hillary madDuring CNN’s first Democratic Debate held last Tuesday at the Wynn casino in Las Vegas, the Democratic presidential candidates covered a range of topics including insider politics, income inequality, global warming, Benghazi, Syria, illegal immigration, social welfare programs, and gun control.

Just under ten minutes of the 2 hour debate was dedicated to discussing gun control, in which Democratic front runner Hillary Clinton accused Bernie Sanders of being too lenient on gun control. The self-proclaimed socialist Senator from Vermont contrasted the feasibility of passing gun legislation in rural versus urban societies, and former Governor of Maryland Martin O’Malley appealed to listeners’ emotional sides.

Gun ownership restriction and regulation has been a very hot topic in the news lately, following the three mass shootings in America since June.

In response to these tragedies, Democrats and anti-gun lobbyists across the country have sounded the battle cries. As Rahm Emanuel said, “Never let a serious crisis go to waste.”

“Instant background checks,” “mental health screenings,” and “this terrible gunshow loophole” are the least controversial chants of the day.

At least 4 of the 5 candidates on stage Tuesday united on this front.

Hillary Clinton motioned, “It’s time the entire country stood up against the NRA.”

But two of the candidates had a different take than Hillary. They seemed hopeful that the key to regulating gun ownership would be to bring pro-gun activists and gun owners into the fight against gun ownership.

Rhode Island Governor Lincoln Chafee began, “The reality is, despite these tragedies that happen time and time again, when legislators step up to pass common sense gun safety legislation, the gun lobby moves in and tells the people, ‘They’re coming to take away your guns.’ And they’re successful at it.”

Gov. Chafee gave a shout-out to Colorado, where he said, “legislators that vote for common sense gun safety measures then get defeated.”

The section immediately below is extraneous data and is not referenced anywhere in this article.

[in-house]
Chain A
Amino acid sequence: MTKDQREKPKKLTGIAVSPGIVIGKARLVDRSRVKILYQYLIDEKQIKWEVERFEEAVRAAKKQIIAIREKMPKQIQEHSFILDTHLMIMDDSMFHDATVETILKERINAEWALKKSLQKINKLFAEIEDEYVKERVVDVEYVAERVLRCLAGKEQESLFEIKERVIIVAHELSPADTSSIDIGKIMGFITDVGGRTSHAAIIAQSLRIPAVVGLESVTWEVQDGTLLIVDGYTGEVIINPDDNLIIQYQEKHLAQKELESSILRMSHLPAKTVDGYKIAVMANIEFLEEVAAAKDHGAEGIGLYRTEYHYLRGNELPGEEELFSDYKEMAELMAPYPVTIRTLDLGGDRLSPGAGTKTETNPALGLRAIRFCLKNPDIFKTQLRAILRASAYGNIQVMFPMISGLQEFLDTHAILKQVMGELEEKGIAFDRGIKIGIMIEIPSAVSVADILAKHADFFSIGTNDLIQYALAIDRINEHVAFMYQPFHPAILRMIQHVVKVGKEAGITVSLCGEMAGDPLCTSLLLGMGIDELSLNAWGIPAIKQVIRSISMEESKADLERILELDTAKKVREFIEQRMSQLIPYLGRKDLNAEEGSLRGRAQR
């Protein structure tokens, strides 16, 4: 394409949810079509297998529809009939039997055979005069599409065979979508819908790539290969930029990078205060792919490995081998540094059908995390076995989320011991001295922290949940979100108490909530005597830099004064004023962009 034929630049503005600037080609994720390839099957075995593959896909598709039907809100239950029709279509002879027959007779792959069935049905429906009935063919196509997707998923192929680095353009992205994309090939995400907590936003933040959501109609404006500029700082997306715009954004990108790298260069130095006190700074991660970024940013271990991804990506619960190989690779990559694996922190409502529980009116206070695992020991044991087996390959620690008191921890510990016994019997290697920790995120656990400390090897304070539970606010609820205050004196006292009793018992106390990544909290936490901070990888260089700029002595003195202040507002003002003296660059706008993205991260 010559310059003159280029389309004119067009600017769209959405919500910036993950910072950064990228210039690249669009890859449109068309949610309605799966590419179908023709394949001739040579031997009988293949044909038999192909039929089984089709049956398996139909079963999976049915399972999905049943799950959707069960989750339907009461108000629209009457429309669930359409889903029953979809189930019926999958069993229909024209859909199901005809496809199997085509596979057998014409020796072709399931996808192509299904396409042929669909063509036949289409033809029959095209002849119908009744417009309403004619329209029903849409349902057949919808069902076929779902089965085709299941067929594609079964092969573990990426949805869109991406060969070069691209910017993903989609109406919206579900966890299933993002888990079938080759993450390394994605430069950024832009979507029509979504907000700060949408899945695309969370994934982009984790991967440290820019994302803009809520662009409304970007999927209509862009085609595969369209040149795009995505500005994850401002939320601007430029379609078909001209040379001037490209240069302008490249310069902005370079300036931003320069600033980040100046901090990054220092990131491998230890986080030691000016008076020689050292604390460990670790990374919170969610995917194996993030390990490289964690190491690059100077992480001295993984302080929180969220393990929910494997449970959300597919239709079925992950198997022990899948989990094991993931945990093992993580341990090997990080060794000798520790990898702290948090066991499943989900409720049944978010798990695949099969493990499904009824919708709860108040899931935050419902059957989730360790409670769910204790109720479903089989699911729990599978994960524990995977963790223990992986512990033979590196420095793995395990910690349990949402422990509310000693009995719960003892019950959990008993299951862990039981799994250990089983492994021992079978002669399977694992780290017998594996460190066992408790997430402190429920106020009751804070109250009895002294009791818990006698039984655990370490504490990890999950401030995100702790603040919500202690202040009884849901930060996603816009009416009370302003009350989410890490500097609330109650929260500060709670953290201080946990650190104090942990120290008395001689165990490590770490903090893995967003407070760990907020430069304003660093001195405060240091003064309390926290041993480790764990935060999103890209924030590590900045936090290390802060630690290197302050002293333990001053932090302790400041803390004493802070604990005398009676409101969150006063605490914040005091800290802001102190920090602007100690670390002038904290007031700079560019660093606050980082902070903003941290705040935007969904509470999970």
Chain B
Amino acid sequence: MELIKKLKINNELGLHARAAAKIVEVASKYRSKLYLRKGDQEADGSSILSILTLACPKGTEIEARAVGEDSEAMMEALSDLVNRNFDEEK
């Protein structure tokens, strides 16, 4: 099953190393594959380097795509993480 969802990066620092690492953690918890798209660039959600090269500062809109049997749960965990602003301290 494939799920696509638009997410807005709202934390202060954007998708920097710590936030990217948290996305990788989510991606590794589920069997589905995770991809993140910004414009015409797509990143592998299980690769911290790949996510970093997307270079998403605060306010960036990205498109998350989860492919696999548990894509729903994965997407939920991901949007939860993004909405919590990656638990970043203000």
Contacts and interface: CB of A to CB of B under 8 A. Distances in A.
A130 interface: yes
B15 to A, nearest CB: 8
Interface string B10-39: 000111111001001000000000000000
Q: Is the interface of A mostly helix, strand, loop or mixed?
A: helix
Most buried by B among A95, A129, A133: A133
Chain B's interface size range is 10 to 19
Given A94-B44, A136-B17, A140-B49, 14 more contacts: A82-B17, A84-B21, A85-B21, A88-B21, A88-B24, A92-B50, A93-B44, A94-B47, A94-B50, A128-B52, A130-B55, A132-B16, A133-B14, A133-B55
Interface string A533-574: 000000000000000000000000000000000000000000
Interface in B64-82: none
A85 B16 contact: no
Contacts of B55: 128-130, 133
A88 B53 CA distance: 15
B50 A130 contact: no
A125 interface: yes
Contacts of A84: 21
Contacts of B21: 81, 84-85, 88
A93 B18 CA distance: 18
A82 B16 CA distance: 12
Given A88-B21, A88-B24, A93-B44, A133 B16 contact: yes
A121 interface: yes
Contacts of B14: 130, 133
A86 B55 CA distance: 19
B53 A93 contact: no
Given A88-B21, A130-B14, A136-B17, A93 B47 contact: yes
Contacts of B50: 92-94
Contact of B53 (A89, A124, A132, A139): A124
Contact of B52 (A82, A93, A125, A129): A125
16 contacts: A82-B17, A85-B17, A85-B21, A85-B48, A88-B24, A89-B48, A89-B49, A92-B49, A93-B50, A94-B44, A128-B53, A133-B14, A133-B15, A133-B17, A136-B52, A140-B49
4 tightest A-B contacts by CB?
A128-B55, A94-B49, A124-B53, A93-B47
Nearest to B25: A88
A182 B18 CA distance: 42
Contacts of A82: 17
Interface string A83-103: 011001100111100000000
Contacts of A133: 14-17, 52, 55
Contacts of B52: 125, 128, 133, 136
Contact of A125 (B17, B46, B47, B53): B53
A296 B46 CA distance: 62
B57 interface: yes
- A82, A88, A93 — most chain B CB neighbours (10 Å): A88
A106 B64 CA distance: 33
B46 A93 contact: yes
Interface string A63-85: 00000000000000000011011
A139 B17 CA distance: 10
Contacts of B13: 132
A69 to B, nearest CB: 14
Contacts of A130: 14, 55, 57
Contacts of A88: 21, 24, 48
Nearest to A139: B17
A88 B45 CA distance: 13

Colorado is home to National Association for Gun Rights (NAGR), the pro-gun grassroots activism group led by Dudley Brown. NAGR’s mission statement includes the verbiage, “Accepting no compromise on the issue of gun control.”

Chafee went on, “I even saw it in Rhode Island. So I would bring the gun lobby in. Wayne LaPierre, from the NRA, whoever it is, the leaders. Come on, we’ve got to change this.”

He suggested that there had to be a way the radical anti-gun politicians and pro-gun citizens must “find common ground” and compromise on gun control.

Former Gov. O’Malley followed up Gov. Chafee’s appeal by suggesting that activists and lobbyists have already backed down. He advised that all it takes is a little push-back from the politician to make gun owners melt like butter.

O’Malley advocates banning so-called “assault weapons,” limiting clip size, and requiring fingerprints to purchase a gun. He wants to increase current gun law enforcement, and he wants to prevent the unauthorized use of firearms with “smart gun” technology.

Chafee supports lawsuits against gun manufacturers if gun violence is committed with weapons sold by the manufacturer, banning assault weapons, and closing the gun show “loophole,” among other restrictions.

The public consensus to give up without a fight may come less easily than these two hope.

The efforts in Washington to pass anti-gun laws have been thwarted over the past two decades, primarily due to grassroots gun owners rising up against the violations. Anti-gun radicals have attempted to pass dozens of bills restricting gun ownership, but they continue to struggle for legislator support.

Legislation to ban possession of large amounts of ammunition and bulk purchasing of handguns, create Gun Registries, ban manufacture of handguns that cannot be “personalized,” mandate “safety” locks, and provide federal fund incentive programs to states that play ball are just a few of the measures attempted by the anti-gun lobby.

Though politicians promise the government does not want to take away citizens’ guns, President Obama suggested after the Oct 1st Oregon shooting that America follow Great Britain’s or Australia’s example, “countries like ours.” In Great Britain and Australia, private firearm and live ammunition possession was all but abolished. Despite Chafee’s promise, in these two countries millions of guns were confiscated.

Time will tell whether gun owners and activists will be easily won over to this new strategy of “finding common ground” and submitting to the wishes of politicians like Chafee or O’Malley, by allowing their gun rights to be eroded, bit by bit.

But the Democratic presidential hopefuls can be sure pro-gun lobbyists and activists have a bigger tradition than hunting to abide by.

In a 1787 letter to James Madison, Thomas Jefferson wrote, “What country can preserve its liberties if their rulers are not warned from time to time that their people preserve the spirit of resistance? Let them take arms.”